This is our first Kenyan release of the season! This coffee comes from the rapidly emerging region of Kirinyaga. In the cup, we find a bright, relatively classic profile of blackberry honey and lime, with a delicate coffee blossom-like florality.
SL34, SL28, Batian, Ruiru 11
Hand picked at peak ripeness. Floated to further remove defects and depulped on the day of harvest. Density graded and separated. Shade fermented for 16-24 hours. Washed, and again graded by density into AA and AB. Soaked under clean water from the Gatomboya Stream for 16-18 hours. Dried on raised beds until the moisture reaches 10.4%.
Kenya has been an increasingly difficult origin to work in. Not only are the cup profiles changing, but we are still dealing with a lack of transparency and traceability within the cooperatives while prices continue to spike. However, Kenyan coffees are among our favorites each year, and we are continuing to work alongside our partners towards more traceable, transparent, and sustainable coffees in the future. The amount of farm inputs required in Kenya to combat coffee related diseases is higher than anywhere we have seen as coffee buyers—a major reason why these coffees are so expensive. Soils have been stripped for years, thus the use of fertilizers and chemicals are now, unfortunately, necessary. We have also seen a dynamic change in flavor profiles, as we mentioned last year, and this year was no different. For reasons we have not been able to discern, it is increasingly difficult to find 'classic Kenyan' profiles. We postulate that it potentially has something to do with varieties, shorter fermentation times and soil health.
“SL” is in reference to single tree selections made by Scott Agricultural Laboratories in 1935-1939. SL34 has a Typica-like genetic background selected from a single tree on the Loresho Estate in Kabete, Kenya. SL28 is of the Bourbon genetic group, and was selected for its drought resistance as well as its extremely high cup quality. SL28 is one of the most well-known and well-regarded varieties in Africa. It has consequently spread from Kenya to other parts of Africa as well as Central and South America. Both varieties are non-hybrid, and very susceptible to disease.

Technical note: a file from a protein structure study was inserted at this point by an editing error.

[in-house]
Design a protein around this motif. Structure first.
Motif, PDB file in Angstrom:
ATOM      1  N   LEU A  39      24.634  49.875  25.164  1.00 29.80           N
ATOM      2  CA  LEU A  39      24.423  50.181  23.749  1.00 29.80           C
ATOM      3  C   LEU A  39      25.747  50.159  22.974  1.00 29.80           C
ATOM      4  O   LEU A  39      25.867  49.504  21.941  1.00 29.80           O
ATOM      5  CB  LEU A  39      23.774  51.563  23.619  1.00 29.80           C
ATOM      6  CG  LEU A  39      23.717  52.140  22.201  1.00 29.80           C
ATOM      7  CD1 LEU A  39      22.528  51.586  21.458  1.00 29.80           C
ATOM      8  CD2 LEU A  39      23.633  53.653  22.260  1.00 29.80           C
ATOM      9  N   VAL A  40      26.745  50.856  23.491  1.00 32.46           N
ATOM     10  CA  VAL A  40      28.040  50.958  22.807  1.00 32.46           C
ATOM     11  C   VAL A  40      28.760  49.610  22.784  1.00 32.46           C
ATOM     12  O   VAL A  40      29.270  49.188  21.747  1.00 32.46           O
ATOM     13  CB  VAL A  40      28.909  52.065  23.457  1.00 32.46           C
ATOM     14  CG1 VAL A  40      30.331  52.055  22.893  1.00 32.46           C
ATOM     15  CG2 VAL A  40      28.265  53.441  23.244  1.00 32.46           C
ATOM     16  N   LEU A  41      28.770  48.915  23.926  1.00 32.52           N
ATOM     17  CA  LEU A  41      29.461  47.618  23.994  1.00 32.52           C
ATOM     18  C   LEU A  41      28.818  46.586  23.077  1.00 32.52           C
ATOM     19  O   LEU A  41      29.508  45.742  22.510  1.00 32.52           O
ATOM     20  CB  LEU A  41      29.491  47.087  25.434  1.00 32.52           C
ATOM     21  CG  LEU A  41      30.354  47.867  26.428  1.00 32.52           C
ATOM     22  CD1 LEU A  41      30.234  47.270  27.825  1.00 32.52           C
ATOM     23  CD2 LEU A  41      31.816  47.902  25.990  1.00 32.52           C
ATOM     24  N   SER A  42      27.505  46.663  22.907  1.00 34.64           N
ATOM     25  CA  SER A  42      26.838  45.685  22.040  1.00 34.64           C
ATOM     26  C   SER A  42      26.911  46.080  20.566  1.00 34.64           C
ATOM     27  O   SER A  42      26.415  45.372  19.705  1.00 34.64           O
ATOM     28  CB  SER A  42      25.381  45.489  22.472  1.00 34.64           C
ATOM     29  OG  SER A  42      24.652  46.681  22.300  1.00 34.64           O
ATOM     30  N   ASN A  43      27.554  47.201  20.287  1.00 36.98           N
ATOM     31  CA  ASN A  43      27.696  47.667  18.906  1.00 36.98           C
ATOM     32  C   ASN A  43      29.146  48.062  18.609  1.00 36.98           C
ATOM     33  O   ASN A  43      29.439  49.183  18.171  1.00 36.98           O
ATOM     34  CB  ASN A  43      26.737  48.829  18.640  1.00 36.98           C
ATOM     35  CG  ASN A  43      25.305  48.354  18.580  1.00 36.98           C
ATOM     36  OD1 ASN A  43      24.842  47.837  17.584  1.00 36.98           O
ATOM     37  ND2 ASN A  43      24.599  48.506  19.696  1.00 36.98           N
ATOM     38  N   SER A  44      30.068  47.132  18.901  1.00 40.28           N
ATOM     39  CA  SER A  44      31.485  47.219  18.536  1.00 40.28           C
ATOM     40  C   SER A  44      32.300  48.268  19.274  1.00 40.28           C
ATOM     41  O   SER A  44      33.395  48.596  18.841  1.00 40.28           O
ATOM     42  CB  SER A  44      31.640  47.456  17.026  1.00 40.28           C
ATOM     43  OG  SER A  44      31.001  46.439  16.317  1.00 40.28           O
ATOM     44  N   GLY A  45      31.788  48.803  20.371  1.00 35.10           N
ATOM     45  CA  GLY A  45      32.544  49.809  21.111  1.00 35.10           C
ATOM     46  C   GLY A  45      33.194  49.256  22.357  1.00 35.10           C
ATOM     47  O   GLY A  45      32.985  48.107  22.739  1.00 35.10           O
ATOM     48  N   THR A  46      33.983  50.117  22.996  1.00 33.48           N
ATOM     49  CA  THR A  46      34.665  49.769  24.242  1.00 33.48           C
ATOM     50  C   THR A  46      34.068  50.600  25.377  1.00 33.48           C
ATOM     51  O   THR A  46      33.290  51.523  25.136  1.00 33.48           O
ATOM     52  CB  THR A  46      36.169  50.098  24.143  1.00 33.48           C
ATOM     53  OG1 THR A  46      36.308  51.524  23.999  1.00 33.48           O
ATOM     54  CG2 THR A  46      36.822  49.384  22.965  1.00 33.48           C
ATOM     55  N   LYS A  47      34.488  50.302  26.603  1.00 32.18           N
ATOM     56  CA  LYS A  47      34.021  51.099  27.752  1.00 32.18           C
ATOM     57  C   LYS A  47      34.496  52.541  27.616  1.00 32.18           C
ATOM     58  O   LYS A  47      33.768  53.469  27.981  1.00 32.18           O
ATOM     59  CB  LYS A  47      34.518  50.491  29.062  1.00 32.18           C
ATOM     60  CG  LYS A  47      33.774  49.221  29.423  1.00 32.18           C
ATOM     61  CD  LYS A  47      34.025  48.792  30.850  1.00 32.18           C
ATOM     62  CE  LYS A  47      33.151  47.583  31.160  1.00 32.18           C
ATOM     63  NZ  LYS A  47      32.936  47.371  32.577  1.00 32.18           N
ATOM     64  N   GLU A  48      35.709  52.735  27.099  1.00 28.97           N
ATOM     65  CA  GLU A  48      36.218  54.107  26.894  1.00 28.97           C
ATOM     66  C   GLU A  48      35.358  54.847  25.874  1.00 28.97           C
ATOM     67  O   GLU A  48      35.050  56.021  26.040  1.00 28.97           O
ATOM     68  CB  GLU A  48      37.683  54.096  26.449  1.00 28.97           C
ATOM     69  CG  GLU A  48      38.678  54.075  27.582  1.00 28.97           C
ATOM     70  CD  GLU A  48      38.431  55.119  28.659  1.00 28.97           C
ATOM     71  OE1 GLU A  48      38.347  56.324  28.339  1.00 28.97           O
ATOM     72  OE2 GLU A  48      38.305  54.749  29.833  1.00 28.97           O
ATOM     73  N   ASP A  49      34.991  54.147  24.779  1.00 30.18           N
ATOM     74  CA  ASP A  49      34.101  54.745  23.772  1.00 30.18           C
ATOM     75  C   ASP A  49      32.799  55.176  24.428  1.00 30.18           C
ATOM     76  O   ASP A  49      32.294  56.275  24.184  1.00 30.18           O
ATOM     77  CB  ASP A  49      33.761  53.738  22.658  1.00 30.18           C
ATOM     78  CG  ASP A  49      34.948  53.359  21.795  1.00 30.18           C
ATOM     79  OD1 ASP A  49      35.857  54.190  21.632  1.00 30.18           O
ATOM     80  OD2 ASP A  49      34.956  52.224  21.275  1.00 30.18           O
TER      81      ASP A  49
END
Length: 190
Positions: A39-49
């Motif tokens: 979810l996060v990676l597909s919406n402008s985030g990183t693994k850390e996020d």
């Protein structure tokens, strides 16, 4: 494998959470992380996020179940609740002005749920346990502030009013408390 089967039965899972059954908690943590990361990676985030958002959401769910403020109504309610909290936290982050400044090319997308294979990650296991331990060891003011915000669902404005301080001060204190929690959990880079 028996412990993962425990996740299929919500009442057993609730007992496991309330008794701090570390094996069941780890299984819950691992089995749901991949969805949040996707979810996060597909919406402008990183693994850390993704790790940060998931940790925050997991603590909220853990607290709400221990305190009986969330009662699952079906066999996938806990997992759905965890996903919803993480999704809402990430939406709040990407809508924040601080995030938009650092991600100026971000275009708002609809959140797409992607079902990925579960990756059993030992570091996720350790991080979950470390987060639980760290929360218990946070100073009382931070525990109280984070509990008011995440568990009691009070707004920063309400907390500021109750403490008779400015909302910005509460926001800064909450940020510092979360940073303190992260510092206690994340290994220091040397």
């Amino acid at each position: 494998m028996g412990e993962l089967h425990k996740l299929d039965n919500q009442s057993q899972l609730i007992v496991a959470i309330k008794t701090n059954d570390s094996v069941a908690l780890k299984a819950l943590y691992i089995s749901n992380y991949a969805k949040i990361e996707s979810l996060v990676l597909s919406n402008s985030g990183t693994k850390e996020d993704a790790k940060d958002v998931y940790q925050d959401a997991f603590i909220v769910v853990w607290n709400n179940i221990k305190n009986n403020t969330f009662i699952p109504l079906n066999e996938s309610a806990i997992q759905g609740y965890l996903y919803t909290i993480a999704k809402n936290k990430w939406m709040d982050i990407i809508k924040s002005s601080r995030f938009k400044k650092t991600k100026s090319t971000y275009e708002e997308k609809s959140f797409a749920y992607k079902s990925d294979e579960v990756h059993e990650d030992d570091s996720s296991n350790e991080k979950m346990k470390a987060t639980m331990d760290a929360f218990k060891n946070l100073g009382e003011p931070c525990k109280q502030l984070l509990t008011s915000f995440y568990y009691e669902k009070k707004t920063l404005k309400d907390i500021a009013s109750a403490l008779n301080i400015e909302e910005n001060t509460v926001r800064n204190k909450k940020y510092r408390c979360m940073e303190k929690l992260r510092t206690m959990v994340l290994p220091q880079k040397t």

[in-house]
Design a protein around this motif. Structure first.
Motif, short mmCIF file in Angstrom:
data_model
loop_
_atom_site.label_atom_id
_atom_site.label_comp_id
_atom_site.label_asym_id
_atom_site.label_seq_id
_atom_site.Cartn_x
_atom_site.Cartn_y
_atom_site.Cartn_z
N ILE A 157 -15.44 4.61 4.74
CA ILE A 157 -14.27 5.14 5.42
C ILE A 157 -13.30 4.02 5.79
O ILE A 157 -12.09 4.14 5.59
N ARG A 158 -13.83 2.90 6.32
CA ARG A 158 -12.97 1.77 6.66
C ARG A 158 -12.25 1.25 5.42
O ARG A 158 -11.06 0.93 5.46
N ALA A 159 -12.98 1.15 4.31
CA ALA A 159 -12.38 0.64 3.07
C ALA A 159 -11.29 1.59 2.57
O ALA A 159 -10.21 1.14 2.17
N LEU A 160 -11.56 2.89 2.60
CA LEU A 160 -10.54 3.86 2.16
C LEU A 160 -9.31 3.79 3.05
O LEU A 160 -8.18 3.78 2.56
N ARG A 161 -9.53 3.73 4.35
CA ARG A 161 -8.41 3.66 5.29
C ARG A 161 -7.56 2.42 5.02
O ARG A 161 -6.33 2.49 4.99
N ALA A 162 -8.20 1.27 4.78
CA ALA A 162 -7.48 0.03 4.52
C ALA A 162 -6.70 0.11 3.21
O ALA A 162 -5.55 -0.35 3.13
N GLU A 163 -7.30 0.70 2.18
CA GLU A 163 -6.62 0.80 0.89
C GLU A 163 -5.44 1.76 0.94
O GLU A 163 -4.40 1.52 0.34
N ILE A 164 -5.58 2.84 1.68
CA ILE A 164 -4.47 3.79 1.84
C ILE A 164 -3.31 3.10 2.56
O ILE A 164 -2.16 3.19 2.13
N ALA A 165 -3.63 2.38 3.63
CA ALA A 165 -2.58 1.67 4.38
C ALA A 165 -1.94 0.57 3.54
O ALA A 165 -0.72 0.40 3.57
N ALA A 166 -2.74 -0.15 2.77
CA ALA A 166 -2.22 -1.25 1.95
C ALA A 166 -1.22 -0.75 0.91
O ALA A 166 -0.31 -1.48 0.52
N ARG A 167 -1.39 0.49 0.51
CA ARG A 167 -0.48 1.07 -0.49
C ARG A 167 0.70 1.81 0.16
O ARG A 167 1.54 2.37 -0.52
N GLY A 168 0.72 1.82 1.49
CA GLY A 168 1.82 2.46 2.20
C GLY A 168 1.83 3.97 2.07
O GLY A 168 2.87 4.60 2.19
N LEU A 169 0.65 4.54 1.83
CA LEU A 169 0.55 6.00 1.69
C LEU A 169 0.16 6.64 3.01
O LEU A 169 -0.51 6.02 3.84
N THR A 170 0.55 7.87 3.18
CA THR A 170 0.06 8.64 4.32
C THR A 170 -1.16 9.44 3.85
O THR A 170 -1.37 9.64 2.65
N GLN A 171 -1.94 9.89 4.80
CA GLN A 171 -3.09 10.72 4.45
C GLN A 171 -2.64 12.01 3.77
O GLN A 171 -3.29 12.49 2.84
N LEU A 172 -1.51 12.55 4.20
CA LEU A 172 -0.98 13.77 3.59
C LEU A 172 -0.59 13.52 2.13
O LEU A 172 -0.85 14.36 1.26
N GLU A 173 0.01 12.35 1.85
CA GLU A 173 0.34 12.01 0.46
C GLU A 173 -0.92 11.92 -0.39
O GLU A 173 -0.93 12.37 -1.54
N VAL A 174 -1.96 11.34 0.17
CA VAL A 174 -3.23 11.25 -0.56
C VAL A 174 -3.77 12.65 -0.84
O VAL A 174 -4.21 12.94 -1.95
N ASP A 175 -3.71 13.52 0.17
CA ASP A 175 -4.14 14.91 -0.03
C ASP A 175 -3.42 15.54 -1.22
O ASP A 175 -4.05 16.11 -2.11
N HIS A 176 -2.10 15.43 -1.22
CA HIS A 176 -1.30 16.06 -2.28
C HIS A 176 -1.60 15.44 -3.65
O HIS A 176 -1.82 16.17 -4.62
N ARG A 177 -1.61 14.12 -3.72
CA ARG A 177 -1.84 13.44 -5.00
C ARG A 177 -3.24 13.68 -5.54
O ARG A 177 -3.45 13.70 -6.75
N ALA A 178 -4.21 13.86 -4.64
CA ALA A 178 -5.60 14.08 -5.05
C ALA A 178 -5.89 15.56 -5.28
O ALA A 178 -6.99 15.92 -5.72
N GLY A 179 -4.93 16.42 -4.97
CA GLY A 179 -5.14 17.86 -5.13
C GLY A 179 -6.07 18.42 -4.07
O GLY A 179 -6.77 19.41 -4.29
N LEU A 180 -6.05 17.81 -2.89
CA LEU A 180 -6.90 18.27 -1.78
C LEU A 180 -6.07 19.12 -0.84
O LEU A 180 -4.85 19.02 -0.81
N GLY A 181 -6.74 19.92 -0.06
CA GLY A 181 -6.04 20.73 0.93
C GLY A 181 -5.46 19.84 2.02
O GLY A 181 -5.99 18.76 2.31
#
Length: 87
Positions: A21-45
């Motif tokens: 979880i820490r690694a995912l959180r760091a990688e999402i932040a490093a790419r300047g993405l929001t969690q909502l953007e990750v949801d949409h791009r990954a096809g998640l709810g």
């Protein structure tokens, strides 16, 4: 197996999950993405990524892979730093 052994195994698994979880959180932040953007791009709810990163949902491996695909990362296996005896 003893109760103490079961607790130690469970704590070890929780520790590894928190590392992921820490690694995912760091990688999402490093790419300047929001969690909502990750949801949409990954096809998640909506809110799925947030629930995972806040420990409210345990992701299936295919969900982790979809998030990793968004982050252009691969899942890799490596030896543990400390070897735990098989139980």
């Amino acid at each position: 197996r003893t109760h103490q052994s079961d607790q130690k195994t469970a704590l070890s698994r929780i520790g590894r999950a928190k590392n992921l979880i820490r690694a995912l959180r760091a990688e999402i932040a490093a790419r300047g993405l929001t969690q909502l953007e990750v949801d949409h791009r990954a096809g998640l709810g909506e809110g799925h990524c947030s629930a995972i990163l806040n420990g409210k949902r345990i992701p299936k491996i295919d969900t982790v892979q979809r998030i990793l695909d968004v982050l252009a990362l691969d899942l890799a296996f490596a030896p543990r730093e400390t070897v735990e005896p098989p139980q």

Batian was created via single-tree selections from fifth filial (F5) generations from the male parent of some Ruiru 11 progenies. Batian is a composite variety, mixing three different pure line varieties. The varieties involved in the original crosses are: SL28, SL34, Rume Sudan, N39, K7, SL4 and the Timor Hybrid.
Ruiru 11 is a composite variety made of many varieties. Catimor and a multi-cross selection involving K7, SL28, N39, Rume Sudan, among others (male parent). Ruiru 11 owes its existence to a coffee berry disease (CBD) epidemic in 1968 that lead to the loss of 50% of Kenya’s production. The crisis sparked action. In the 1970’s, the coffee research station at Ruiru, which gives Ruiru 11 its name, began an intensive breeding program for varieties that were immune to CBD. This led to the development of Ruiru 11, which was released in 1985.
The cost of getting a coffee from cherry to beverage varies enormously depending on its place of origin and the location of its consumption. The inclusion of price transparency is a starting point to inform broader conversation around the true costs of production and the sustainability of specialty coffee as a whole.